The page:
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Feature

Health Effects of Climate Change in the UK

New report findings Posted on: 15 Feb 08
Health Effects of Climate Change in the UK

Summary

Climate change will have consequences for the health of UK citizens according to a UK government report published on 12th February. The report, called Health Effects of Climate Change in the UK, has been published jointly by the Department of Health (DH) and the Health Protection Agency (HPA).

 


Flooding and Windstorms

Death from drowning, injury, mental illness and infectious diseases. can be just some of the health effects experienced after flooding and windstorms. Although periods of flooding and windstorms are increasing in the UK, actual deaths associated with flooding are still relatively low when compared to other countries in Europe, with only eight deaths reported since 2001.

There is also a “very slight” chance that malaria could return to the South of England sometime in the next 50-100 years. This is due to increased rainfall (over short periods) leading to increased numbers of bacteria in surface water; The report calls for health authorities to be alert to the possibility of any outbreaks of malaria across Europe, but outbreaks are considered to be rare and would only effect a small number of people should an outbreak occur.

Heatwaves

One effect of climate change already visible is a greater number of heat waves taking place in the UK, which, the report says, “pose an increasing risk to health”. Back in 2003, a killer heatwave swept across Europe contributing to more than 14,000 premature deaths in France alone, and experts predict that, by 2012, there will be a 1 in 40 chance that the South East of England will be hit with a “serious” heat wave causing 3,000 instant deaths.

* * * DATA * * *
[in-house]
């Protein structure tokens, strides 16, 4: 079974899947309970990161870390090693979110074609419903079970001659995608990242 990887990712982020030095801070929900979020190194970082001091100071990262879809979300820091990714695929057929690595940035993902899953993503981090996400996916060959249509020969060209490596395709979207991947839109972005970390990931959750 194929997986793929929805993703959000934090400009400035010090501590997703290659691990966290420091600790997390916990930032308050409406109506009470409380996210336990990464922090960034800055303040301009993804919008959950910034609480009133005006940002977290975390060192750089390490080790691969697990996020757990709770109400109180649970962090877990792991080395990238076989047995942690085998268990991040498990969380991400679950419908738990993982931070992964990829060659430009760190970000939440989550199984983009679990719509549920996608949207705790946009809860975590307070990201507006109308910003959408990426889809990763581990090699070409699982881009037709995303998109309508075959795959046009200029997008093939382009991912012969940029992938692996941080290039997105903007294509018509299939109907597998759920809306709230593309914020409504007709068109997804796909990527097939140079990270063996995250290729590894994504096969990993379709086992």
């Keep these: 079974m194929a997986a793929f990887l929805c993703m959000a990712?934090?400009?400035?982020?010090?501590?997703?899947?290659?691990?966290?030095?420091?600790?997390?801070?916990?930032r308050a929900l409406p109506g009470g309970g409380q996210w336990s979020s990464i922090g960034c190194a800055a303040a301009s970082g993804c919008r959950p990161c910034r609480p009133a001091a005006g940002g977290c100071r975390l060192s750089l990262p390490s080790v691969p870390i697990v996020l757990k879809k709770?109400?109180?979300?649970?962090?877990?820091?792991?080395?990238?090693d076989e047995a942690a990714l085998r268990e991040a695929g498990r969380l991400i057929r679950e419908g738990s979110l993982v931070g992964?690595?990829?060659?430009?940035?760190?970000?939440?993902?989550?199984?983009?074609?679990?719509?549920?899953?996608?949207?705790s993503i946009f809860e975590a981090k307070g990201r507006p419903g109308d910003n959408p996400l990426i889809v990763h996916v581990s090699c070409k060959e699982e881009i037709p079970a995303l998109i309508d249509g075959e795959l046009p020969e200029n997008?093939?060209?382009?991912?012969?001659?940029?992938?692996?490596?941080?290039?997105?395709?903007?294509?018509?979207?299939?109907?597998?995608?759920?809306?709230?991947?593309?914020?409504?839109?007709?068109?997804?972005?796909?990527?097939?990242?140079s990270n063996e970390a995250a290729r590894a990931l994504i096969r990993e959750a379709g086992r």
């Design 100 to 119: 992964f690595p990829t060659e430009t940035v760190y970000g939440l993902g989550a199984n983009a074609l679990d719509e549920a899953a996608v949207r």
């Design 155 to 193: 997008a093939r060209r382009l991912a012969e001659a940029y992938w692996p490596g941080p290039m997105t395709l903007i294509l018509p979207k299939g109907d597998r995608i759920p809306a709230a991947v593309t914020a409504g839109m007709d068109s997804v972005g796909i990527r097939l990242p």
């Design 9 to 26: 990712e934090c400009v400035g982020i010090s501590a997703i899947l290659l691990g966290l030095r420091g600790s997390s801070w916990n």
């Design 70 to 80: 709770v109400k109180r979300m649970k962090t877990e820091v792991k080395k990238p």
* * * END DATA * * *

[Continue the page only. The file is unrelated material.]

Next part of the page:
Air pollution

Although many types of air pollutants will be reduced, the concentration of ozone will increase, and this will impact on attributable deaths and hospital admissions, according to the study.

Increased exposure to Sunlight

An increase in exposure to sunlight will lead to a growing number of skin cancer cases, which currently kills around 2,300 people in the UK each year, according to Cancer Research UK. Another potential effect of continual sun exposure could be rise in the incidence of cataracts, a major cause of blindness.


The report states that it is essential that the public is made aware of how to reduce the risk of harm and adapt to these continual changes in climate, and that the health and social infrastructure must also be made more resilient and make adjustments to prepare for these changes.


Click here to read the official report in its entirety.




PharmiWeb.com - editor

Last updated on: 27/08/2010 11:40:18

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